Shopping for a new sofa brings to mind the vision of a child standing in the middle of a candy store stocked with every imaginable sweet, as he ponders which piece he’ll pick from among the seemingly hundreds of choices, each equally desirable by display.
Considering all the things that child will mull over while deciding, like the candy’s flavor, texture and color, how much the treat costs and how long it will last, the process of selecting a new sofa isn’t much different. Add to the image a go at doing it alone and suddenly the child in the candy store comparison doesn’t seem all that far-fetched, albeit flavor not a consideration.
Although options are wonderful, having too many often causes consumers angst. For example, when taking into account styles, fabrics, frame construction and shape, sectional sofas alone provide 35 types to choose from, according to an online sectional sofa-buying guide published by Home Stratosphere. Throw in the additional task of determining the proper sofa size in proportion to the intended room and the entire process becomes a bit more challenging.
The trick, though, to a more enjoyable sofa selecting experience is to enlist the help of a professional interior designer from the FindHomeStores.com directory. Knowing a bit about sofas beforehand helps, too.
Popular sofa styles
Lawson – First designed near the turn of the 20th Century for financier Thomas Lawson, the Lawson by definition of Webster’s New World College Dictionary is “a style of overstuffed sofa or chair with straight lines and a low back higher than the arms, which are square or rolled.” Also referred to as Traditional, the Lawson sofa more often appears in homes because it goes well with most décor.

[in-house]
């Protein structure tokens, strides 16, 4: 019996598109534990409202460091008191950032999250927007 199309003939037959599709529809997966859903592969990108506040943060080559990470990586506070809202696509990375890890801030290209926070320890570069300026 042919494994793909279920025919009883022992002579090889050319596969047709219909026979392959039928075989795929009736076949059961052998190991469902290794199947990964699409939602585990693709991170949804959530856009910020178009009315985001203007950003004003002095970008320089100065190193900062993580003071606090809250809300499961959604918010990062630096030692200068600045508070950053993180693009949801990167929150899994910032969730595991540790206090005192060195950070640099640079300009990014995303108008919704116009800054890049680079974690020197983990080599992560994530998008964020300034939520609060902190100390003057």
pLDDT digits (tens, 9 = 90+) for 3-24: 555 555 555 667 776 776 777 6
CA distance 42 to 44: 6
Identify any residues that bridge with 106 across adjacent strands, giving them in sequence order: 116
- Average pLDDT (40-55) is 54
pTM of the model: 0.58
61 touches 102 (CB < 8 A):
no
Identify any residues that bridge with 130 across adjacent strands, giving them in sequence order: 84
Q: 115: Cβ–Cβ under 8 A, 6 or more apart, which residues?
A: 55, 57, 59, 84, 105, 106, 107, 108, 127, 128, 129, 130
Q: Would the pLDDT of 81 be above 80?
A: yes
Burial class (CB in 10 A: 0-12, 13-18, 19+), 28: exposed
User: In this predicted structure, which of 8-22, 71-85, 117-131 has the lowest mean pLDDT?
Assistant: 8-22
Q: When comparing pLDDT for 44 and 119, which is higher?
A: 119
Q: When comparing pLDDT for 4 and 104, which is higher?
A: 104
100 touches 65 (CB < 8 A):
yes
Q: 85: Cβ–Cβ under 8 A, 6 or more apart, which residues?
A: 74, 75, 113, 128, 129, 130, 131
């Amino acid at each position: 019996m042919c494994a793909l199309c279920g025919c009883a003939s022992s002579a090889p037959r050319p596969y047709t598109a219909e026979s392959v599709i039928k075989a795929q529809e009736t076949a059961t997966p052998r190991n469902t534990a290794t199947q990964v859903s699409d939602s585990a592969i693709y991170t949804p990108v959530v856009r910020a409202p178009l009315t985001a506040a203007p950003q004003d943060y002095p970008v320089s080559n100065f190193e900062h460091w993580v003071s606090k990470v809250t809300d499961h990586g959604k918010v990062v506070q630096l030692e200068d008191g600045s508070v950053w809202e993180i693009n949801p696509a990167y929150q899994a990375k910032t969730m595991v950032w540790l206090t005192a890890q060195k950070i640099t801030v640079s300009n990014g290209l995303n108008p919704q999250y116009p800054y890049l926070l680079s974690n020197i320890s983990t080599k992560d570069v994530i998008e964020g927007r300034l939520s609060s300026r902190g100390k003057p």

Mid-Century (Modern) – First appearing in the 1940s and popular through the ’70s, the mid-century sofa style is now all the rage in modern décor. While the clean lines and minimalist design looks great, these sofas tend to miss the mark in comfort.
Sectional – Comprised of three or more pieces intended for arranging in various combinations, the sectional sofa style reigns as the most versatile and most accommodating in terms of a room’s size. The more pieces to the sectional, the bigger the sofa and better of choices for large spaces.
Chesterfield – A classic sofa style that makes itself the focal point of a room, the Chesterfield is often found in more formal spaces and easily identified by its tufted material (leather or velvet being most popular) and arms the same height as its back.
Sleeper – Great for small spaces, the sleeper sofa comfortably seats three. However, as the name implies, removing the seat cushions exposes a fold out bed built into the frame. While convenient, the bed frame and mattress add additional weight to the sofa and not the best choice for anyone who moves frequently.
Convertible – Another dual-duty sofa style with a name indicative of its functionality, the convertible sofa also transforms to provide sleeping accommodations. However, whereas removable seat cushions on a sleeper sofa reveal a hidden bed, convertible sofa seat cushions become the mattress. Unlike its heavy sleeper sofa cousin, the lesser weighing convertible makes for a more back-friendly experience come moving day.
Love seat – A mini-sofa of sorts, the love seat comes is every sofa style but seats only two, making it perfectly sized for small spaces or in a large bedroom. For comfortable conversation seating, place paired love seats one facing the other.
Those in this article hardly account for every available style of sofa. These are but seven among others like the Divan sofa, Victorian settee, exposed frame sofa, chaise lounge, futon and the list goes on. Should you fancy knowing more, with so many professional interior designers to choose from in the FindHomeStroes.com directory, a wealth of sofa-style knowledge is yours for the taking.
Go ahead, take a seat on that dreadful couch you can’t wait to replace and call one (or more) of the many interior designers you’ll find listed on FindHomeStores.com.
Written September 22, 2014 by Teri Barth, Freelancer Online Editor for FindHomeStores.com.